On Wednesday, July 29, a black bear that had been roaming around north Upland for the last couple of months, occasionally taking a dip in a backyard swimming pool, was shot and killed by a San Bernardino deputy sheriff on 24th St., up near San Antonio Heights.
This neighborhood is in the foothills of the San Bernardino Mountains, bordering Los Angeles County, and right at the base of Mt. Baldy.
Not exactly a real rural area. but with the feel of being out in the country, and with a wonderful, panoramic view south of the Pomona Valley.
Lots of nice homes and good kids. And just down the hill a bit is a sprawl of apartments with fast food restaurants and convenience stores and busy streets, including the famous Route 66, aka Foothill Blvd.
The relatively new 210 Freeway is a wide concrete river roaring with traffic 24/7 only a few blocks south of where this bear met his tragic end.
Reading about this incident in the Daily Bulletin broke my heart.
Here’s an excerpt from the article, an eye-witness account:
“Don Caldwell, who lives a couple doors down from where the bear laid to rest, witnessed much of the incident from his driveway.
Caldwell said he saw the bear running away from the sheriff’s vehicle.
The deputy ‘took a shot at the cub and laid him down in his tracks,’ Caldwell said. ‘The bear was screaming and yelping and crying.’
The bear was shot two more times, Caldwell said.
‘I think (the deputy) had paused in between shootings and I could see he was thinking about what he was doing,’ Caldwell said. ‘I didn’t talk to the officer after that because I was highly upset.’ ”
Why did the bear have to die? I can understand if it was a gang-banger wandering up from Pomona bent on mayhem and murder or a tweeker burglar desperate for dope money or some other form of human trash–white, black, brown or purple. God knows we have plenty of those throw-away people.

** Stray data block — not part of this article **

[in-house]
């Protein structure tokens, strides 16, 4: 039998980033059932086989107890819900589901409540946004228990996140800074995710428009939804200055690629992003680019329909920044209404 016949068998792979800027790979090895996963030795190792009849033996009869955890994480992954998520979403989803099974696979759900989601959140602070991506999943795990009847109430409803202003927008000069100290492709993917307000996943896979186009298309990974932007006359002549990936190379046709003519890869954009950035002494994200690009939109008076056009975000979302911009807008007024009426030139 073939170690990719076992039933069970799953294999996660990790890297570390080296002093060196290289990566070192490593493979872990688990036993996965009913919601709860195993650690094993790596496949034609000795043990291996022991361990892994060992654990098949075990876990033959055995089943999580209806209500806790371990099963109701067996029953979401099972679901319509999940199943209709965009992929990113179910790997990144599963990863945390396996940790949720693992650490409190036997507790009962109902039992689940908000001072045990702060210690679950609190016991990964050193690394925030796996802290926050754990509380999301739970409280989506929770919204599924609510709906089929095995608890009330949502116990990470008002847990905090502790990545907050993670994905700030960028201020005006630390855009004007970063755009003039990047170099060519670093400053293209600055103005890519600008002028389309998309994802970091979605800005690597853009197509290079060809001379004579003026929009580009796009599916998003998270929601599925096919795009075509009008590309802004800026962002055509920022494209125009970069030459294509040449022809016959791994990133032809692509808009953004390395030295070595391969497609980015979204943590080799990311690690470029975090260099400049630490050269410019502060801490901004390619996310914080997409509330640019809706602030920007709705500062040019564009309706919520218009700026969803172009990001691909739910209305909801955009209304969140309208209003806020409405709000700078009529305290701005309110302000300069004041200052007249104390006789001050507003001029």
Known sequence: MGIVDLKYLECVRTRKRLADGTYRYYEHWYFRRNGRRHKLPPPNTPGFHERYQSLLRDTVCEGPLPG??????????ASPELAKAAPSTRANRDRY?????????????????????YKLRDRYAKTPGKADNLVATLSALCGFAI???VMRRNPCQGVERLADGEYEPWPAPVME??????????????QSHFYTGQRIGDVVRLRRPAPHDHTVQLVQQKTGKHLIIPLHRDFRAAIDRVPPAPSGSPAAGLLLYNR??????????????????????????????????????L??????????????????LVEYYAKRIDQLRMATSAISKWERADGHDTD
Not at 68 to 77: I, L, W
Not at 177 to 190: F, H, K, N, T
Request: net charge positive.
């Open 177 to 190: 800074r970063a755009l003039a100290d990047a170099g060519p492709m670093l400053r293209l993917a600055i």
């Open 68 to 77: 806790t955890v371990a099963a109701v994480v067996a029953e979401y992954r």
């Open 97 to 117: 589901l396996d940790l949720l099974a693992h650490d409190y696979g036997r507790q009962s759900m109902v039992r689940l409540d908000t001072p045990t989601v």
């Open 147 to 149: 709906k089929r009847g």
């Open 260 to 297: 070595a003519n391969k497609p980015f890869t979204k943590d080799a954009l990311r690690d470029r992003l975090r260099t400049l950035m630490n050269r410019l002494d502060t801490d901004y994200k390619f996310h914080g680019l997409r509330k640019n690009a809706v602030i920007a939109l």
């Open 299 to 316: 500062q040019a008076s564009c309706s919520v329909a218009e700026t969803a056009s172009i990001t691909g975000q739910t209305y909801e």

To be fair, the newspaper article does say that this bear, whom some in the neighborhood nicknamed “Boo-Boo,” had been tranquilized back in June and taken 15 miles back in the San Bernardino Mountains and released. And there are children playing all over the place.
Guess the garbage can delicatessens and cool, inviting swimming pools of San Antonio Heights were irresistible, and BooBoo returned to where life was good.
It is a great place to live. You can have a sort of rural lifestyle, with all the convenience and luxuries of the suburbs and big city (LA) within an easy drive, or even a train-ride on Metro-Link. There’s a train station in downtown Upland and another a few miles west in Montclair, off Central Ave. (That’s near where I live).
My parents bought a home in 1972 just south of San Antonio Heights on North Laurel Ave., just above 19th St. We lived there for twenty-five years. My little sisters, Margie and Mary, who are all grown up now, have their names written in the cement near the backyard gate, along with the date “1972,” I think.
When my family first moved to north Upland from Pomona [lots of people fled Pomona in the late ’60s and early 70s as the demographics in Pomona changed], our home was surrounded by lemon tree groves– a sea of trees, more trees than people at that time in Upland. We saw lots of coyotes, squirrels, owls and hawks, but never any bears that I can recall.
This incident with the poor bear’s killing, it just proves my point in a posting on this blog, Monkey Business. That post, about my encounters with wild animals in travels through Central America, ends with this…
People and wild animals don’t mix. We don’t understand them, nor they us. We take it personal when they try to suck our blood, or eat us, or take our property.
But the animals, like some Mafia hit man, will tell you, “Hey, it’s nothing personal. It’s just business.”
For follow up on the newspaper article on BooBoo’s demise, see comments.